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What are PASTEL and SILEX?
Why use a laser link?
SILEX : what is it used for?
PASTEL: what does it consist of?
SILEX: how is it implemented from the ground?
SILEX: how does it work in orbit?


What are PASTEL and SILEX?

PASTEL, which stands for PAssager SPOT de TÚcommunication Laser, is one of the two optical terminals making up the space communications system, SILEX: (Semi conductor Intersatellite Link EXperiment).

logosilx.gif (5578 octets)The SILEX system was developed for the European Space Agency by Matra Marconi Space.

It provides a laser link between the PASTEL optical terminal on SPOT 4 and the OPALE optical terminal, mounted on the geostationary satellite ARTEMIS, which has been placed in orbit in 2001.

The information carried between PASTEL and OPALE is modulated at 50 Mbits/sec and relayed to the ground (Toulouse) by the K-band payload on ARTEMIS.

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Why use a laser link?

The choice of a laser rather than a radio link is due to the potentially higher transmission rates offered by laser technology: Radio transmission is in fact limited to less than 250 Mbits/sec while, even given the current state of laser technology, it is possible to achieve rates of 10 Gbits/sec!

Laser links have another advantage, in that by their very nature, there can be no interference between optical and radio transmissions.

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SILEX: What is it used for?

The SILEX experiment has a twofold objective: validation of the laser transmission concept and operational transmission of SPOT 4 imagery to the ground.

A technological challenge

This type of optical communication, which is the first European demonstration of laser communications, is a real technological challenge.

The difficulty involves aligning and stabilizing two terminals which are on average 38 500 km away from each other, with a pointing error of less than 2 micro-radians. In other words, the beam from PASTEL (which at that distance, would have a diameter of 200 m) would have to be kept centred on OPALE with a tolerance of +/- 38m. To better grasp the difficulty involved, let us just say that it would be equivalent to hitting an orange with a rifle shot from 51 km!

This pointing is made even more difficult because:

A means of transmitting SPOT 4 imagery

During operations, PASTEL is used to send SPOT 4 imagery via an optical link. This could either be done directly or later by dumping of data from SPOT 4's onboard solid-state memory.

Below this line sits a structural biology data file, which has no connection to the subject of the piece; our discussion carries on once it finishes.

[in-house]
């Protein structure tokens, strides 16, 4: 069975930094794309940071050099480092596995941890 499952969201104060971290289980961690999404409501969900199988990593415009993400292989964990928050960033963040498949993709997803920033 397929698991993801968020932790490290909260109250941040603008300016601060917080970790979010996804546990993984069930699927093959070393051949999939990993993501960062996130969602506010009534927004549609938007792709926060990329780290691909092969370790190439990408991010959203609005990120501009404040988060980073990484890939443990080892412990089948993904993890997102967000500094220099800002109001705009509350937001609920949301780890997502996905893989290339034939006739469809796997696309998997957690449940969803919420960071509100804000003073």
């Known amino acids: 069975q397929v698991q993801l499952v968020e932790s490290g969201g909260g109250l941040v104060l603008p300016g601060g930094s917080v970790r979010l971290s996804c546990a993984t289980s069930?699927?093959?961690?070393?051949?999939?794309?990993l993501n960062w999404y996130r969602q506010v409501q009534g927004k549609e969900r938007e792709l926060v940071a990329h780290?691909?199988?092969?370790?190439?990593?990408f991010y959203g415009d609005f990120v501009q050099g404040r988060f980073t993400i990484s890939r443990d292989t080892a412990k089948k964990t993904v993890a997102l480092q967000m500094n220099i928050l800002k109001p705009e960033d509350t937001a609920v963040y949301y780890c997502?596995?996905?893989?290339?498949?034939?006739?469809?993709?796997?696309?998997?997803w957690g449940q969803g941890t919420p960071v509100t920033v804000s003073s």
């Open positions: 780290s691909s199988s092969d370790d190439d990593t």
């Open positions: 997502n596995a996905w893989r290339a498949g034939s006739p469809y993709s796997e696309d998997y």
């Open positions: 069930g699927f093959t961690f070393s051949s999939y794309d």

It should be remembered that without PASTEL,

With PASTEL,

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Areas of direct image acquisition with PASTEL

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PASTEL: what does it consist of?

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int-ptel.jpg (30250 octets)To ensure that the gimbal-mounted assembly is as light as possible, the PASTEL terminal was divided into two sub-assemblies:

- a telescope,
- an optical bench with a fine pointing system, a communication sensor and laser diodes,
- a thermal control system for precision temperature control,
- a two-axis gimbal mechanism,
- the launch locking mechanisms needed during the launch phase.


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SILEX - how is it used?

Establishing a link between two optical terminals implies perfect coordination in planning and also in programming them and acquiring information for monitoring them.

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The SILEX system is operated:

- the PMCS, the PASTEL terminal control centre in Belgium,
- the AMCS, the control centre in Italy for the ARTEMIS satellite and the OPALE optical terminal,
- the PTL, the SILEX technological assessment centre in Belgium.

In the Canary islands there is also a send/receive optical ground station (OGS) which will be used to set up a link between OPALE and the ground segment. It will be used to validate the OPALE termminal and should, moreover, yield very interesting data on atmospheric perturbation phenomena.

The tasks assigned to these different centres are summarized below:

 

CNES centres

ESA centres

  SRIP CPR CMP PMCS AMCS PTL
Mission management

 

(five week period)

 

Receiving HRVIR customer requests

Resource management (PASTEL, solid-state memory, etc.)

computing PASTEL/OPALE visibility windows

Reception of SILEX user requests

Five-week SILEX mission scheduling

checking mission timing diagrams  
Programming terminals

 

(daily)

  SPOT 4 payload telemetry programming optical, X-band, archiving, etc...   Programming PASTEL Programming OPALE  
Terminal command/control

(real-time)

   

PASTEL memory load commands

Transmitting SPOT 4 telemetry to PMCS

Generating PASTEL commands

Exploiting CMP telemetry data received

Generation and memory loading of commands for OPALE

Exploiting telemetry data received

 
Data reception and processing

(real-time)

SPOT 4 imagery data         PASTEL technological data

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SILEX - how does it work?

When programmed to do so, PASTEL and OPALE carry out the four following operational phases in order:

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    page updated on the 05-07-05